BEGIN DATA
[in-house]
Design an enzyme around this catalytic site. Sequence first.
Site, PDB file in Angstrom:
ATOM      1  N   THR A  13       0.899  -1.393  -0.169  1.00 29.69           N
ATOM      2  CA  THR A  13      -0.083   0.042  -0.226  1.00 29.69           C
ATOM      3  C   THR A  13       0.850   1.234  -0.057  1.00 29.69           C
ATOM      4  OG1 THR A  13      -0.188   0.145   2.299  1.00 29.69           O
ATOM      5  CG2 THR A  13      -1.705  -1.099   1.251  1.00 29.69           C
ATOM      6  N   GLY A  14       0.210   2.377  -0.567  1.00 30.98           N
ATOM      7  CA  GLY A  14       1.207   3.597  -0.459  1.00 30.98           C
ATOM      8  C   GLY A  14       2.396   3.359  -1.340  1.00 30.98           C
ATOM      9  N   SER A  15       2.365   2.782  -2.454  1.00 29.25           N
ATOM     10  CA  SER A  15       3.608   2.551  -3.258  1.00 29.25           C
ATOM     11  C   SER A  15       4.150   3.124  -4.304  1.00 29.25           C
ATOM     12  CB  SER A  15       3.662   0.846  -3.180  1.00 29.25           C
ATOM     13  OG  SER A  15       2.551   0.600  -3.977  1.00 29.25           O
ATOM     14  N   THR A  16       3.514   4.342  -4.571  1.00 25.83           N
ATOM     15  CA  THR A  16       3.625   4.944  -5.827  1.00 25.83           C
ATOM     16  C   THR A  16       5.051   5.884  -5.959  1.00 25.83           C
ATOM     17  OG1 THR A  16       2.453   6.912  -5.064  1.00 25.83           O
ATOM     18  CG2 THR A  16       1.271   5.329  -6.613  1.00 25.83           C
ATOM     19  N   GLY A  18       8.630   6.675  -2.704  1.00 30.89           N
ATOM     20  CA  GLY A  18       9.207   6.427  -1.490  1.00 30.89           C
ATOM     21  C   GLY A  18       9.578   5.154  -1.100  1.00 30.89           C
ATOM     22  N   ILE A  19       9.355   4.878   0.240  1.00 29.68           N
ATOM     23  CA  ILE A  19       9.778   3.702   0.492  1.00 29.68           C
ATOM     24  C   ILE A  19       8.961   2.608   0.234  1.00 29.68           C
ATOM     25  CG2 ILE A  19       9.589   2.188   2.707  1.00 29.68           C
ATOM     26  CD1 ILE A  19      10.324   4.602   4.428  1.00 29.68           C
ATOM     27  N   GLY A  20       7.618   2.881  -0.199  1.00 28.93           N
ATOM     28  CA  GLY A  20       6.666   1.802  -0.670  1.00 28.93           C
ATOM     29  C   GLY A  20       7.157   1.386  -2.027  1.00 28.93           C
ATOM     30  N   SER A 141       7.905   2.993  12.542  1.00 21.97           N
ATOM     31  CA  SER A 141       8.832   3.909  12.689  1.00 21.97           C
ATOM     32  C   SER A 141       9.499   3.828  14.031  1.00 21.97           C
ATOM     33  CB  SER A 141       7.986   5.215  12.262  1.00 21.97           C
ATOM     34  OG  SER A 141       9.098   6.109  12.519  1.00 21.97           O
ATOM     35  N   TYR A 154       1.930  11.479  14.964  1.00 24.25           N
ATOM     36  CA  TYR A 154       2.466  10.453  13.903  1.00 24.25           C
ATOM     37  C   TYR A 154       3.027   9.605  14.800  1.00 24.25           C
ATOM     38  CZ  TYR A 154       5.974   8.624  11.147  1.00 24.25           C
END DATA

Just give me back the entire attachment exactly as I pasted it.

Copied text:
[in-house]
Design an enzyme around this catalytic site. Sequence first.
Site, PDB file in Angstrom:
ATOM      1  N   THR A  13       0.899  -1.393  -0.169  1.00 29.69           N
ATOM      2  CA  THR A  13      -0.083   0.042  -0.226  1.00 29.69           C
ATOM      3  C   THR A  13       0.850   1.234  -0.057  1.00 29.69           C
ATOM      4  OG1 THR A  13      -0.188   0.145   2.299  1.00 29.69           O
ATOM      5  CG2 THR A  13      -1.705  -1.099   1.251  1.00 29.69           C
ATOM      6  N   GLY A  14       0.210   2.377  -0.567  1.00 30.98           N
ATOM      7  CA  GLY A  14       1.207   3.597  -0.459  1.00 30.98           C
ATOM      8  C   GLY A  14       2.396   3.359  -1.340  1.00 30.98           C
ATOM      9  N   SER A  15       2.365   2.782  -2.454  1.00 29.25           N
ATOM     10  CA  SER A  15       3.608   2.551  -3.258  1.00 29.25           C
ATOM     11  C   SER A  15       4.150   3.124  -4.304  1.00 29.25           C
ATOM     12  CB  SER A  15       3.662   0.846  -3.180  1.00 29.25           C
ATOM     13  OG  SER A  15       2.551   0.600  -3.977  1.00 29.25           O
ATOM     14  N   THR A  16       3.514   4.342  -4.571  1.00 25.83           N
ATOM     15  CA  THR A  16       3.625   4.944  -5.827  1.00 25.83           C
ATOM     16  C   THR A  16       5.051   5.884  -5.959  1.00 25.83           C
ATOM     17  OG1 THR A  16       2.453   6.912  -5.064  1.00 25.83           O
ATOM     18  CG2 THR A  16       1.271   5.329  -6.613  1.00 25.83           C
ATOM     19  N   GLY A  18       8.630   6.675  -2.704  1.00 30.89           N
ATOM     20  CA  GLY A  18       9.207   6.427  -1.490  1.00 30.89           C
ATOM     21  C   GLY A  18       9.578   5.154  -1.100  1.00 30.89           C
ATOM     22  N   ILE A  19       9.355   4.878   0.240  1.00 29.68           N
ATOM     23  CA  ILE A  19       9.778   3.702   0.492  1.00 29.68           C
ATOM     24  C   ILE A  19       8.961   2.608   0.234  1.00 29.68           C
ATOM     25  CG2 ILE A  19       9.589   2.188   2.707  1.00 29.68           C
ATOM     26  CD1 ILE A  19      10.324   4.602   4.428  1.00 29.68           C
ATOM     27  N   GLY A  20       7.618   2.881  -0.199  1.00 28.93           N
ATOM     28  CA  GLY A  20       6.666   1.802  -0.670  1.00 28.93           C
ATOM     29  C   GLY A  20       7.157   1.386  -2.027  1.00 28.93           C
ATOM     30  N   SER A 141       7.905   2.993  12.542  1.00 21.97           N
ATOM     31  CA  SER A 141       8.832   3.909  12.689  1.00 21.97           C
ATOM     32  C   SER A 141       9.499   3.828  14.031  1.00 21.97           C
ATOM     33  CB  SER A 141       7.986   5.215  12.262  1.00 21.97           C
ATOM     34  OG  SER A 141       9.098   6.109  12.519  1.00 21.97           O
ATOM     35  N   TYR A 154       1.930  11.479  14.964  1.00 24.25           N
ATOM     36  CA  TYR A 154       2.466  10.453  13.903  1.00 24.25           C
ATOM     37  C   TYR A 154       3.027   9.605  14.800  1.00 24.25           C
ATOM     38  CZ  TYR A 154       5.974   8.624  11.147  1.00 24.25           C